Missing Participants – Out of Sight Out of Mind?

Imagine it’s March 31 and you are a retirement plan administrator.  You have a participant who terminated employment 15 years ago.  He turned 70½ last year and now you owe him his first required minimum distribution from the Plan on April 1.  You have not thought about this participant or attempted to locate him in the past 15 years.  It doesn’t seem like a big deal until you realize if the participant does not receive his required minimum distribution, he will owe a 50% excise tax on the required minimum distribution.

This scenario is common to plan administrators.  In trying to keep up with the day to day requirements of administering retirement plans, it is easy to lose touch with former employees or beneficiaries.  Initially, this does not seem to be a problem, but as the years go by, missing participants start to create more problems for administrators.  The most common problems arise when required minimum distributions are due to the participant or the plan is terminating and plan administrator has no idea where to find a large number of missing participants.

To avoid the scenario outlined above, a plan administrator may want to consider periodically searching for missing participants (e.g., once every two years).  Locating lost participants may even ease plan administration.  If you periodically communicate with participants, it may encourage them to take timely distributions and even cash out small account balances.

At a minimum, a plan administrator likely must make “reasonable efforts” to locate a participant or beneficiary at the time a benefit is due.  However, there is limited guidance on what are considered reasonable efforts in an ongoing plan.  The Department of Labor issued Field Assistance Bulletin 2014-01 that provides guidance on steps a terminating plan should take to locate participants.  In many instances, using this guidance may be appropriate to try to locate missing participants in an ongoing plan.  The Department of Labor guidance provides that a plan administrator should take the following steps (in no specific order):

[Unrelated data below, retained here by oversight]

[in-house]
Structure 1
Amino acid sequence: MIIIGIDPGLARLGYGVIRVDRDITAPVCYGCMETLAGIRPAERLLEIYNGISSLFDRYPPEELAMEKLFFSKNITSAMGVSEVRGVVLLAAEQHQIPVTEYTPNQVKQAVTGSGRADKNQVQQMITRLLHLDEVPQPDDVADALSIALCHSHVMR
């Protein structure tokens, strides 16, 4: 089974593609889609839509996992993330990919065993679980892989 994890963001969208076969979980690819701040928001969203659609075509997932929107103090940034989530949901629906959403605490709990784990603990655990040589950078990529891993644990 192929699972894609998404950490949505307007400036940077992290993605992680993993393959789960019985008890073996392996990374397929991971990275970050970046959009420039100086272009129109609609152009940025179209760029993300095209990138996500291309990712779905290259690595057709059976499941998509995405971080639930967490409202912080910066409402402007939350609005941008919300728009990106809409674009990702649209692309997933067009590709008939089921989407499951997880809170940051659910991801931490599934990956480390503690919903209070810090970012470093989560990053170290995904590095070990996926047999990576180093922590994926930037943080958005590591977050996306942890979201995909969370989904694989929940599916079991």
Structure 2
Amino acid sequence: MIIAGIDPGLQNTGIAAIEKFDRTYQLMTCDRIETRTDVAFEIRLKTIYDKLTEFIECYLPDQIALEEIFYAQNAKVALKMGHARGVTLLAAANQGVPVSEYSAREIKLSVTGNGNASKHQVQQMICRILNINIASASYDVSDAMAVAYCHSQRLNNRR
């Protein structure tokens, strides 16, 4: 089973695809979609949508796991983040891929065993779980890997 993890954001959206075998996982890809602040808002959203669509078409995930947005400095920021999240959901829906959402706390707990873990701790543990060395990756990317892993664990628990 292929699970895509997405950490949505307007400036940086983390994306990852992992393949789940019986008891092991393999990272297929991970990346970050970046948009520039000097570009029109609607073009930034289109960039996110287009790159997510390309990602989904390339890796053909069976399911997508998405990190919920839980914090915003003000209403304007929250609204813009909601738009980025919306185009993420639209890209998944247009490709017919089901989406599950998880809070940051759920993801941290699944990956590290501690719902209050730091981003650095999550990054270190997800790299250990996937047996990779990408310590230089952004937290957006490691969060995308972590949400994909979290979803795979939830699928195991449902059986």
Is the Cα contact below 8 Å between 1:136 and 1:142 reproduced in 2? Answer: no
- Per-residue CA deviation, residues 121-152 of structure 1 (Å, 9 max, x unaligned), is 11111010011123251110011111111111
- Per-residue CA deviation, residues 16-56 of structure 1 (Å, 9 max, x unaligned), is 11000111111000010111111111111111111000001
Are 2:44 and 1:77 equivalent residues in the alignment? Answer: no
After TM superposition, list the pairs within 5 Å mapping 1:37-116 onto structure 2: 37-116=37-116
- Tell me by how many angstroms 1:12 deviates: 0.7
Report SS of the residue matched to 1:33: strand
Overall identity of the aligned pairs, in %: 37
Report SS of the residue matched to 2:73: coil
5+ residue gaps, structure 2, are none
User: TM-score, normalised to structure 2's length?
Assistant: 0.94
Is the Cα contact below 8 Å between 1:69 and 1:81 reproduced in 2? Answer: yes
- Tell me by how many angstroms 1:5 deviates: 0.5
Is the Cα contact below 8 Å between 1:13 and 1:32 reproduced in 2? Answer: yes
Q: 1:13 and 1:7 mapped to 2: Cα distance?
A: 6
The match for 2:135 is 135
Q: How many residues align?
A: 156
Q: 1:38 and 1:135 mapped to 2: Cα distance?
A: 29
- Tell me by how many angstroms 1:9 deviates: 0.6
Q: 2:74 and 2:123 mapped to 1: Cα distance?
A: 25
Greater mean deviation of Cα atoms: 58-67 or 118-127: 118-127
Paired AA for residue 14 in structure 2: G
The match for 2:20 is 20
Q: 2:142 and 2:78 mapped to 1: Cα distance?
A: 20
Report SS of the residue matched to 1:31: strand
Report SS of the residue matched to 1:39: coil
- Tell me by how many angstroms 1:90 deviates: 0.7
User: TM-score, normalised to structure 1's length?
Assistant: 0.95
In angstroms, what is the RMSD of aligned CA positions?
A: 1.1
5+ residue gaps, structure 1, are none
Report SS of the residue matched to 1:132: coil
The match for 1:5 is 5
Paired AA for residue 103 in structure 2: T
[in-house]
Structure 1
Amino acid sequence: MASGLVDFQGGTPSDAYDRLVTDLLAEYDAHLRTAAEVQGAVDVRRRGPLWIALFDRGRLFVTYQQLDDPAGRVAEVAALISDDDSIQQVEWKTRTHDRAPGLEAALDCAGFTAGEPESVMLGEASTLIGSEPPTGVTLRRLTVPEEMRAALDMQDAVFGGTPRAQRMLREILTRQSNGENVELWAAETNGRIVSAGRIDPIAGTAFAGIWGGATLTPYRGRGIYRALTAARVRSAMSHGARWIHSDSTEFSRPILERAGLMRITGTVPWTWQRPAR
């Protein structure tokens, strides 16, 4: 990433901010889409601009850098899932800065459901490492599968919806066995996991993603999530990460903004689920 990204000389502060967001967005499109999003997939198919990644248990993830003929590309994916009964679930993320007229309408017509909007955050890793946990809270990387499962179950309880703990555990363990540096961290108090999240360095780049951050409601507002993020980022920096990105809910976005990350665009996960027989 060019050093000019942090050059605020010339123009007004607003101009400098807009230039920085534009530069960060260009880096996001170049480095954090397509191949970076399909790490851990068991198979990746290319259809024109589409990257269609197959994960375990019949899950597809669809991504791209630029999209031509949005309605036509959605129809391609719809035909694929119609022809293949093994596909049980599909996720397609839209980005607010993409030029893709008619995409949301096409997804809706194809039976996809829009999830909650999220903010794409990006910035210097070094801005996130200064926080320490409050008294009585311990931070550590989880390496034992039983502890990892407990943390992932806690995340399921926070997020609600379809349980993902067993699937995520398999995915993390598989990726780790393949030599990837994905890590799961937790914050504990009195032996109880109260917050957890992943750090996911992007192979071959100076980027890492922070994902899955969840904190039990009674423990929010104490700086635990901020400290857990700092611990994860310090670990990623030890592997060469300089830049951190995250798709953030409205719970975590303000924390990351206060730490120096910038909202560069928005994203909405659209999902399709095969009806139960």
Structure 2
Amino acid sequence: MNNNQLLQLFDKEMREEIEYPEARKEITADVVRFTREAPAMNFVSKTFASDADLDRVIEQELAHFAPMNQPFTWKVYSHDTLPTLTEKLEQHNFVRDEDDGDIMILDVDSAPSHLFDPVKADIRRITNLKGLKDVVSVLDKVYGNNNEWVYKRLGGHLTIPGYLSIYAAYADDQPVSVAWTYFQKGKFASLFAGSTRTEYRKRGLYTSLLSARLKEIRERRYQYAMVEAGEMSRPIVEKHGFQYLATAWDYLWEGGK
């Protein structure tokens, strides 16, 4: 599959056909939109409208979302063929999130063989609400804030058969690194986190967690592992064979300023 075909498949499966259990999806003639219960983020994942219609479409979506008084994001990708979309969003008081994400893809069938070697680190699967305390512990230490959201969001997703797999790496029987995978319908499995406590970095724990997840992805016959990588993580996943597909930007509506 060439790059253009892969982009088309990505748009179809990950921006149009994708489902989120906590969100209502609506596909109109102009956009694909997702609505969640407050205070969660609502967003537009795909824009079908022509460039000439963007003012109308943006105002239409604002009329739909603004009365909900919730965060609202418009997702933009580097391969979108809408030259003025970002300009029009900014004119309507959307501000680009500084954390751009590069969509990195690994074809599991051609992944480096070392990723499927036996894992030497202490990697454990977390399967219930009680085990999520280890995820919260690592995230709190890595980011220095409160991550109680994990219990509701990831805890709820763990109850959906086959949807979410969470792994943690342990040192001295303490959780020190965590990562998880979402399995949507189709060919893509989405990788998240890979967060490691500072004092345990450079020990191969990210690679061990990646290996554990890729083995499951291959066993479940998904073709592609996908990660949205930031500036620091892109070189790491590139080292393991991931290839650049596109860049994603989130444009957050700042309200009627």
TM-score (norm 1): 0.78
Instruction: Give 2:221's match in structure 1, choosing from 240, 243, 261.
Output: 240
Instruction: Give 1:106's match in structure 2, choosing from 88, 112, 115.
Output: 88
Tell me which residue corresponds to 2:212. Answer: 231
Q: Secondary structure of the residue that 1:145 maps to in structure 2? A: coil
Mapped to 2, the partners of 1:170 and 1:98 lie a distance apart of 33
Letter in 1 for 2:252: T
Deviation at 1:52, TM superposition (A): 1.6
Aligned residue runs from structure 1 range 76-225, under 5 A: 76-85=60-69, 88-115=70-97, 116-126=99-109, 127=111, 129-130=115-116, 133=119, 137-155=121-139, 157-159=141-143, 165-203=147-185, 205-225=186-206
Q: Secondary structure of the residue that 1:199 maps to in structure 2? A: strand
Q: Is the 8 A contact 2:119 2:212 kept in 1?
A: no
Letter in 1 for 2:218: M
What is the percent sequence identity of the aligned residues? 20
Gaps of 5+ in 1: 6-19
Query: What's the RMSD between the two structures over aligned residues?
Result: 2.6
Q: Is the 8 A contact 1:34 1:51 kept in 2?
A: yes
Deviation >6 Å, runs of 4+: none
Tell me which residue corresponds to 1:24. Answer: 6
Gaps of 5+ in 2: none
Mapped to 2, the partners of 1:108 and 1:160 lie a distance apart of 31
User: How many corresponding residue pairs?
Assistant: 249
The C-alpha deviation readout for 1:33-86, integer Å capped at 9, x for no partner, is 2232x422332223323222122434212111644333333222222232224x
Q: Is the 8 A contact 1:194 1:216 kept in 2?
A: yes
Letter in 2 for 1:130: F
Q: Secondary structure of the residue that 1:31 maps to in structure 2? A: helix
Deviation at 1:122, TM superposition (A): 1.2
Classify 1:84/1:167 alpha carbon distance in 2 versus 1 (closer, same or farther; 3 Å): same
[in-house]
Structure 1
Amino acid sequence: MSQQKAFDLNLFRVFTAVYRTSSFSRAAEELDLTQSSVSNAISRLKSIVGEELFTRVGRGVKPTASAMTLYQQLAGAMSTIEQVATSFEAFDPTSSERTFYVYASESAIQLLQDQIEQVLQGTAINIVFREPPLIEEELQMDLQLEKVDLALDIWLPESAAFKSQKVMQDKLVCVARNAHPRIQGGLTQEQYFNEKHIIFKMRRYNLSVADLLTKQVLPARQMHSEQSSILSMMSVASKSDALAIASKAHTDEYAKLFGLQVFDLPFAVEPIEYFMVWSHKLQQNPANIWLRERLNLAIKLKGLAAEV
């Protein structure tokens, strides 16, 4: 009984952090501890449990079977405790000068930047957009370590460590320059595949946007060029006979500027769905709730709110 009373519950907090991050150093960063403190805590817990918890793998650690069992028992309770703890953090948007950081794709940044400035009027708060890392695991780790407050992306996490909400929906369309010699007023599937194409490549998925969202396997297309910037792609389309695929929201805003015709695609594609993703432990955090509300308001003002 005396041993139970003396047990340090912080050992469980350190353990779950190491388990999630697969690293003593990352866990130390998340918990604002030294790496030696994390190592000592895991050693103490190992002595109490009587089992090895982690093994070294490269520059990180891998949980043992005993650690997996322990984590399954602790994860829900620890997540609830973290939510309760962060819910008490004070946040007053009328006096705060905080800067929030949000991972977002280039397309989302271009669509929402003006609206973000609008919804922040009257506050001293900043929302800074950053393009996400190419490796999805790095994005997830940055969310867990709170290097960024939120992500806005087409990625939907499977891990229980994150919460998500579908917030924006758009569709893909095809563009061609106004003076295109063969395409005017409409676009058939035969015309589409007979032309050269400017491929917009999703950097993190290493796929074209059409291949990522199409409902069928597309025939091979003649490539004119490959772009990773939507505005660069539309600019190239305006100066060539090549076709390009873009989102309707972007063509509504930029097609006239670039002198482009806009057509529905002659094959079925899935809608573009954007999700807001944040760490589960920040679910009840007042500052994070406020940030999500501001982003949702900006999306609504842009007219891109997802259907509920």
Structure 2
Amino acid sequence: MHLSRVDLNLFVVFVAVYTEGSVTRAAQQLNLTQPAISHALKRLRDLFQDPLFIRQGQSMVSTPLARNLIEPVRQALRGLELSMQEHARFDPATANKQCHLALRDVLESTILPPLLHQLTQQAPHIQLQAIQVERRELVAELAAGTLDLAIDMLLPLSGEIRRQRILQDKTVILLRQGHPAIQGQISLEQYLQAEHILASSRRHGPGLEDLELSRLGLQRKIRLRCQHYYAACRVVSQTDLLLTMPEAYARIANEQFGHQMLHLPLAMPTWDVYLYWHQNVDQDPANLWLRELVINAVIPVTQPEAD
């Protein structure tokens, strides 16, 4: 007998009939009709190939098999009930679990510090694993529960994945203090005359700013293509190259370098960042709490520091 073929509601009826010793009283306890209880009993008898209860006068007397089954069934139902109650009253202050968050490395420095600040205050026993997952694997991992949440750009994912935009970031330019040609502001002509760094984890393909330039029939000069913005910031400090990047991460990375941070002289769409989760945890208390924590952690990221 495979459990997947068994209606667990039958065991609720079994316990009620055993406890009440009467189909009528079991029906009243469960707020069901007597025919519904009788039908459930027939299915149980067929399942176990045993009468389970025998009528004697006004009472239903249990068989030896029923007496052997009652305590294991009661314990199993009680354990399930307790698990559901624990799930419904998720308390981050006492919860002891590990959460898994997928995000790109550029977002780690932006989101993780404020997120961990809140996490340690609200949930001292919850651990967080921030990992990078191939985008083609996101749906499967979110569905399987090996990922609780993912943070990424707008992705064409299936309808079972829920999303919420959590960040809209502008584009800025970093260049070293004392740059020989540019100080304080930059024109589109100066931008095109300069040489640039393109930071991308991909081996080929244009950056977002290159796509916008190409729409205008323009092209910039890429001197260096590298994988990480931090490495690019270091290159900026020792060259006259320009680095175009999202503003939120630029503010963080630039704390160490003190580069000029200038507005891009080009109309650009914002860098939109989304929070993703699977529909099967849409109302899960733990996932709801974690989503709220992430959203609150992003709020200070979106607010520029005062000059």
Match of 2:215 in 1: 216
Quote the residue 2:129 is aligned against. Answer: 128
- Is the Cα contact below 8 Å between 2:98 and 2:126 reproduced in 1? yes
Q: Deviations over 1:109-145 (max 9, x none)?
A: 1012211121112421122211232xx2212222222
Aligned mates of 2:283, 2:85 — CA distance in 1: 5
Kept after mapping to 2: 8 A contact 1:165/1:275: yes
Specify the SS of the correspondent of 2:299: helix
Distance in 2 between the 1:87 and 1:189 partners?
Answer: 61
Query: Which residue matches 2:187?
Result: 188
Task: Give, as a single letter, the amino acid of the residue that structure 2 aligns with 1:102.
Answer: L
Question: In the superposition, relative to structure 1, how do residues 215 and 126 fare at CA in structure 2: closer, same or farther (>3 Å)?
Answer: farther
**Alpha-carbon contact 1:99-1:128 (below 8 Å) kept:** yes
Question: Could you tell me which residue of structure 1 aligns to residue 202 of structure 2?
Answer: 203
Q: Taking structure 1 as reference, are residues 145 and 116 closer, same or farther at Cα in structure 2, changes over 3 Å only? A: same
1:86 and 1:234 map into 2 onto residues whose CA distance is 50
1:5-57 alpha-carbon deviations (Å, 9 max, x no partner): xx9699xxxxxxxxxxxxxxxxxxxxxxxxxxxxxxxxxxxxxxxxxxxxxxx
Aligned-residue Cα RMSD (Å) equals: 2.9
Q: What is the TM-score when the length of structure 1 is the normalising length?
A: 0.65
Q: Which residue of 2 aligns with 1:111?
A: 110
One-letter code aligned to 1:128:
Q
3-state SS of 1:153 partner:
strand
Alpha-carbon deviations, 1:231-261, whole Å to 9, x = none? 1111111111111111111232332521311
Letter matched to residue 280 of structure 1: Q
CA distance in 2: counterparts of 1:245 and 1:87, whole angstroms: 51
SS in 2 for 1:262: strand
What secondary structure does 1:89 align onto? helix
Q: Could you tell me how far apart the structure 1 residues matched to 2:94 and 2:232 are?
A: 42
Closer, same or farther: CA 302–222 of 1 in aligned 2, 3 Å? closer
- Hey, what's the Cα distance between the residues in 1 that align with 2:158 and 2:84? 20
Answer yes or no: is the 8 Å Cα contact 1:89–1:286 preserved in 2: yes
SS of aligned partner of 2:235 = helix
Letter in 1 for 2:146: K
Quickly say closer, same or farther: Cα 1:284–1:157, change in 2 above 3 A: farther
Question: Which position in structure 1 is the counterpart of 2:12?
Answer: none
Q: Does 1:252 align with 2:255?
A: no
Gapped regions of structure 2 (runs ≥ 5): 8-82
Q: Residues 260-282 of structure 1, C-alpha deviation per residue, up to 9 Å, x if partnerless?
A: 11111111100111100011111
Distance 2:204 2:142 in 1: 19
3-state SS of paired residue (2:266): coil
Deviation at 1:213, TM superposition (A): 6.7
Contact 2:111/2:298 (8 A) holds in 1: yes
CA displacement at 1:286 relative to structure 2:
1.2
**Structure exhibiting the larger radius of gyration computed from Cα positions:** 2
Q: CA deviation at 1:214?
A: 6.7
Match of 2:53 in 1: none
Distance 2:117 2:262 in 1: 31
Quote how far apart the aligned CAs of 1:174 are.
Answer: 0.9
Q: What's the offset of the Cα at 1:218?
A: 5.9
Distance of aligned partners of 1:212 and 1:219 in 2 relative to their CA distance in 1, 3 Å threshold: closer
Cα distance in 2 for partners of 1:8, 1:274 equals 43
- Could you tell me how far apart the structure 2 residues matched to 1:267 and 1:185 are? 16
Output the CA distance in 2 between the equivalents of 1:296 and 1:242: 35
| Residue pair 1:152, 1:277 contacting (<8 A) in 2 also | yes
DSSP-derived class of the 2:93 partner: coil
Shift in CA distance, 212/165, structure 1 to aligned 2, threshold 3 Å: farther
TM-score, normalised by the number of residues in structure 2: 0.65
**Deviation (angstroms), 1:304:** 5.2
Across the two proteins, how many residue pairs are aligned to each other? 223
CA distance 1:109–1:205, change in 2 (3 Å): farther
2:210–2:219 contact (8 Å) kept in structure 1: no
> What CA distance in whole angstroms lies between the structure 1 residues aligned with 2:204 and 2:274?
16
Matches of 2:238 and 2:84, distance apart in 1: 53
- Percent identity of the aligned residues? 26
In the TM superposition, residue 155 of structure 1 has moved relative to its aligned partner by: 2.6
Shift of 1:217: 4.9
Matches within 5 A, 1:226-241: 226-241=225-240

• Attempt to contact a participant using certified mail.
  • Review Plan and Employer Records.  This includes reviewing other plans, such as a group health plans, that may have more current information.  The DOL has stated that if there are privacy concerns, the plan administrator can request that the employer or other plan fiduciary contact or forward a letter to the missing participant or beneficiary.
  • Check With the Designated Plan Beneficiary. In searching the plan’s records, a plan administrator may want to reach out to the participant’s designated beneficiary (e.g., spouse, children, etc.) to find updated contact information for the missing participant.
  • Use Free Electronic Search Tools. Plan administrators may want to use internet search tools to try to locate missing participants.  Examples of such search tools include internet search engines, public record databases (such as those for licenses, mortgages and real estate taxes), obituaries and social media.

In addition to these steps, plan administrators may want to ask terminating employees to provide a personal cell phone number and email address.  In some instances, participants change mailing addresses a number of times, but continue to maintain the same cell phone number and email address.  Having this information on file can give an administrator one more method to use to try to locate a lost participant.

While missing participants may continue to create headaches for plan administrators, periodic searches may reduce the number of missing participants and the administrative errors that go along with them.

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